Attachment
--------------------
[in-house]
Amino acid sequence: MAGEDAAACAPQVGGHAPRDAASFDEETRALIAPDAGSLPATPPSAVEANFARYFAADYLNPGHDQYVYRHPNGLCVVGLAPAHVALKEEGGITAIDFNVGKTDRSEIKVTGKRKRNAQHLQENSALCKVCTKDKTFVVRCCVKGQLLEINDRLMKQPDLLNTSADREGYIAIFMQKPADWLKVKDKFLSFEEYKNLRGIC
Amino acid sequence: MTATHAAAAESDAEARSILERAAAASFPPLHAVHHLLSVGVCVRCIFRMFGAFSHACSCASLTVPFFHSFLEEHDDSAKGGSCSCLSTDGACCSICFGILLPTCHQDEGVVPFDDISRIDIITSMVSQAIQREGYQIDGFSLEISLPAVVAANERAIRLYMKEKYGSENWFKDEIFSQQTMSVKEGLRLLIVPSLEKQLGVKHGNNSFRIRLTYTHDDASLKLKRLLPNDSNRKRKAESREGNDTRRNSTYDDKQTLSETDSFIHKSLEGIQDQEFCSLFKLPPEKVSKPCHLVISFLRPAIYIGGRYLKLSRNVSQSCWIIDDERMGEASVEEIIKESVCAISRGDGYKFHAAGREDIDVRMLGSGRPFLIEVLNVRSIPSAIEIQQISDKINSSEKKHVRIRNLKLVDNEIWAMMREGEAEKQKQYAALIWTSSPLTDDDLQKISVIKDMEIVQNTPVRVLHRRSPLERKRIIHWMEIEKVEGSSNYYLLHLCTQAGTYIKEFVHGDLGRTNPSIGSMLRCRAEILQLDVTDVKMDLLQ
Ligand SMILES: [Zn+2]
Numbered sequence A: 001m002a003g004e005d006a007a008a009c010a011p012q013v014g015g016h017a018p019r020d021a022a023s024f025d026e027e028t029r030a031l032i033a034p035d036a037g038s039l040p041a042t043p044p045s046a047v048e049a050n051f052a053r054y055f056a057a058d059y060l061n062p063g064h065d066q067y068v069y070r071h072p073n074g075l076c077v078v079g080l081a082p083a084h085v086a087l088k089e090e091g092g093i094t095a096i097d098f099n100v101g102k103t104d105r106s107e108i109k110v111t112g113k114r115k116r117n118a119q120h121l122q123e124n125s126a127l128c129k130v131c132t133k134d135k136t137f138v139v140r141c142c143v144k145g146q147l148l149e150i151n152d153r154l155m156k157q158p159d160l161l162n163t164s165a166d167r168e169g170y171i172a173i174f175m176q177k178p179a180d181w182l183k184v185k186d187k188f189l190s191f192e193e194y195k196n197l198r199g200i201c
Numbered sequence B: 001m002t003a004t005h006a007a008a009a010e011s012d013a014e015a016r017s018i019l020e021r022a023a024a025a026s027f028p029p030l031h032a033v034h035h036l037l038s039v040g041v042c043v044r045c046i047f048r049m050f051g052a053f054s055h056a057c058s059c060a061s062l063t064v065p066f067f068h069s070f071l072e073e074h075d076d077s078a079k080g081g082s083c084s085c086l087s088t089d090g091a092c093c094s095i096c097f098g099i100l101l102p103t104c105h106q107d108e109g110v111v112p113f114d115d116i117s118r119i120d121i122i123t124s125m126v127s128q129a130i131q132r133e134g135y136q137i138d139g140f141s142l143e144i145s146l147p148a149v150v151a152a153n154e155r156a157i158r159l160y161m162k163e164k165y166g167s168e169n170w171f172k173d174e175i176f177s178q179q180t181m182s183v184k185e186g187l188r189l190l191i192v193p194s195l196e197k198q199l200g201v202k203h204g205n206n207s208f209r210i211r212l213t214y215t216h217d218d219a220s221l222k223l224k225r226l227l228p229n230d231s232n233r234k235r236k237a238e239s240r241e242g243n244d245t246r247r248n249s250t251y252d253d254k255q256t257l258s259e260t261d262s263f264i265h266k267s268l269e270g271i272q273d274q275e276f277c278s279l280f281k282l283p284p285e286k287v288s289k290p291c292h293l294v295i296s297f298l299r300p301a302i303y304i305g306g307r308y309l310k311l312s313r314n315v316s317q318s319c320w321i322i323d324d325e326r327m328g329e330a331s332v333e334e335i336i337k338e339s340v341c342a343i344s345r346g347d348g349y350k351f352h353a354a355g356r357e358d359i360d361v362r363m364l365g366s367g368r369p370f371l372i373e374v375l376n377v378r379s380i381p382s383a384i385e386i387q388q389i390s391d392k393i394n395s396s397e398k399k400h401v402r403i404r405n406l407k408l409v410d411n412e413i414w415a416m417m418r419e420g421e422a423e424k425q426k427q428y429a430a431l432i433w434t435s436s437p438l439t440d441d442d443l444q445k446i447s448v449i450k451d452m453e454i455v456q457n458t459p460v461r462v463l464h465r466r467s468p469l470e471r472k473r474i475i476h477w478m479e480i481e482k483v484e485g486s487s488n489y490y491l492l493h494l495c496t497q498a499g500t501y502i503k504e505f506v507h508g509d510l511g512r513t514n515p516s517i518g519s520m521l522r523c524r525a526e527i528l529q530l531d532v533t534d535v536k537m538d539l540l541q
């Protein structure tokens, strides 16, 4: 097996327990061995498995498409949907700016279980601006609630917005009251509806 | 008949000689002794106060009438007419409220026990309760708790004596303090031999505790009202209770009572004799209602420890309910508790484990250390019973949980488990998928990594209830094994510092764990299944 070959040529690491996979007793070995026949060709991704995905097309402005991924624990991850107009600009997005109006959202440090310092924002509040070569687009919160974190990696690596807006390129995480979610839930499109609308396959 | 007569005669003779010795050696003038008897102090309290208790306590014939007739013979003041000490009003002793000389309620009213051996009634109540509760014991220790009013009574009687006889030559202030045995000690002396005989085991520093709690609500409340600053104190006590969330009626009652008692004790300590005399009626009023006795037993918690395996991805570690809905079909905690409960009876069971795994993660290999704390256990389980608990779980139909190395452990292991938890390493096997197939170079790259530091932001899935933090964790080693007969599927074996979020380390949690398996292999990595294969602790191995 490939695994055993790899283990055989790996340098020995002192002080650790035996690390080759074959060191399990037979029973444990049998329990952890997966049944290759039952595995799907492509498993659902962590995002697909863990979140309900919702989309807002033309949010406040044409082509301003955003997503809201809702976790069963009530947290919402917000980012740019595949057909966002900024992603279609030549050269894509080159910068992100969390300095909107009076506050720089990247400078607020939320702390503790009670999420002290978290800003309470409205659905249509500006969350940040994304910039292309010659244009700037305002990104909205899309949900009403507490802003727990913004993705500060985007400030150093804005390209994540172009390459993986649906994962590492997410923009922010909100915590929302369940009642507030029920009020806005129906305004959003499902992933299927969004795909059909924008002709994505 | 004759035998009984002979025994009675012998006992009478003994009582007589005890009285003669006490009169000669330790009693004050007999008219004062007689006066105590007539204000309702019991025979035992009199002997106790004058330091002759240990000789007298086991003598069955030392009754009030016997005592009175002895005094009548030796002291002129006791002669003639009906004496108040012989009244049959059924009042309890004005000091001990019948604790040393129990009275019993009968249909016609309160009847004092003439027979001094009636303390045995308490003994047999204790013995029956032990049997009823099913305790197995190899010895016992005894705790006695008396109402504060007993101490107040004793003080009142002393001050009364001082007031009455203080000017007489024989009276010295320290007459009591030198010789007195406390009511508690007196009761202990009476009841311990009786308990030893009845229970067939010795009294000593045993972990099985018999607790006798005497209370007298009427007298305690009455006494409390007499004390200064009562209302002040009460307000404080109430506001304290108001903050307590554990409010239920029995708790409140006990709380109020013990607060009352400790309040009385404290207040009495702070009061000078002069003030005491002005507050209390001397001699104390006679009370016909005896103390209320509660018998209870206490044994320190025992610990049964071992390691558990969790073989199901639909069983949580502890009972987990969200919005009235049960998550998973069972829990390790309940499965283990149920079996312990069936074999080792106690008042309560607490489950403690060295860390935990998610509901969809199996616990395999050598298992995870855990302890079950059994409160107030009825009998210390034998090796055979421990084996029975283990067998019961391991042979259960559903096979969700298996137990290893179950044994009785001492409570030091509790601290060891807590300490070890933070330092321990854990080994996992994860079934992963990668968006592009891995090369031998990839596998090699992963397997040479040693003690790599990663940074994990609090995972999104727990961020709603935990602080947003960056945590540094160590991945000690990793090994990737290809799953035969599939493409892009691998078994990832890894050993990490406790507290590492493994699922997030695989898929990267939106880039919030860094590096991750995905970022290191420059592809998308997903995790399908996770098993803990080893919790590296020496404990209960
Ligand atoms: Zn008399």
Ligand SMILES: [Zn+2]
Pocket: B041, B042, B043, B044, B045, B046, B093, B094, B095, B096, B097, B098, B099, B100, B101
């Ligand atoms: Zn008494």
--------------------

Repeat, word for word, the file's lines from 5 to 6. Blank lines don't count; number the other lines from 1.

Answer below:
Numbered sequence A: 001m002a003g004e005d006a007a008a009c010a011p012q013v014g015g016h017a018p019r020d021a022a023s024f025d026e027e028t029r030a031l032i033a034p035d036a037g038s039l040p041a042t043p044p045s046a047v048e049a050n051f052a053r054y055f056a057a058d059y060l061n062p063g064h065d066q067y068v069y070r071h072p073n074g075l076c077v078v079g080l081a082p083a084h085v086a087l088k089e090e091g092g093i094t095a096i097d098f099n100v101g102k103t104d105r106s107e108i109k110v111t112g113k114r115k116r117n118a119q120h121l122q123e124n125s126a127l128c129k130v131c132t133k134d135k136t137f138v139v140r141c142c143v144k145g146q147l148l149e150i151n152d153r154l155m156k157q158p159d160l161l162n163t164s165a166d167r168e169g170y171i172a173i174f175m176q177k178p179a180d181w182l183k184v185k186d187k188f189l190s191f192e193e194y195k196n197l198r199g200i201c
Numbered sequence B: 001m002t003a004t005h006a007a008a009a010e011s012d013a014e015a016r017s018i019l020e021r022a023a024a025a026s027f028p029p030l031h032a033v034h035h036l037l038s039v040g041v042c043v044r045c046i047f048r049m050f051g052a053f054s055h056a057c058s059c060a061s062l063t064v065p066f067f068h069s070f071l072e073e074h075d076d077s078a079k080g081g082s083c084s085c086l087s088t089d090g091a092c093c094s095i096c097f098g099i100l101l102p103t104c105h106q107d108e109g110v111v112p113f114d115d116i117s118r119i120d121i122i123t124s125m126v127s128q129a130i131q132r133e134g135y136q137i138d139g140f141s142l143e144i145s146l147p148a149v150v151a152a153n154e155r156a157i158r159l160y161m162k163e164k165y166g167s168e169n170w171f172k173d174e175i176f177s178q179q180t181m182s183v184k185e186g187l188r189l190l191i192v193p194s195l196e197k198q199l200g201v202k203h204g205n206n207s208f209r210i211r212l213t214y215t216h217d218d219a220s221l222k223l224k225r226l227l228p229n230d231s232n233r234k235r236k237a238e239s240r241e242g243n244d245t246r247r248n249s250t251y252d253d254k255q256t257l258s259e260t261d262s263f264i265h266k267s268l269e270g271i272q273d274q275e276f277c278s279l280f281k282l283p284p285e286k287v288s289k290p291c292h293l294v295i296s297f298l299r300p301a302i303y304i305g306g307r308y309l310k311l312s313r314n315v316s317q318s319c320w321i322i323d324d325e326r327m328g329e330a331s332v333e334e335i336i337k338e339s340v341c342a343i344s345r346g347d348g349y350k351f352h353a354a355g356r357e358d359i360d361v362r363m364l365g366s367g368r369p370f371l372i373e374v375l376n377v378r379s380i381p382s383a384i385e386i387q388q389i390s391d392k393i394n395s396s397e398k399k400h401v402r403i404r405n406l407k408l409v410d411n412e413i414w415a416m417m418r419e420g421e422a423e424k425q426k427q428y429a430a431l432i433w434t435s436s437p438l439t440d441d442d443l444q445k446i447s448v449i450k451d452m453e454i455v456q457n458t459p460v461r462v463l464h465r466r467s468p469l470e471r472k473r474i475i476h477w478m479e480i481e482k483v484e485g486s487s488n489y490y491l492l493h494l495c496t497q498a499g500t501y502i503k504e505f506v507h508g509d510l511g512r513t514n515p516s517i518g519s520m521l522r523c524r525a526e527i528l529q530l531d532v533t534d535v536k537m538d539l540l541q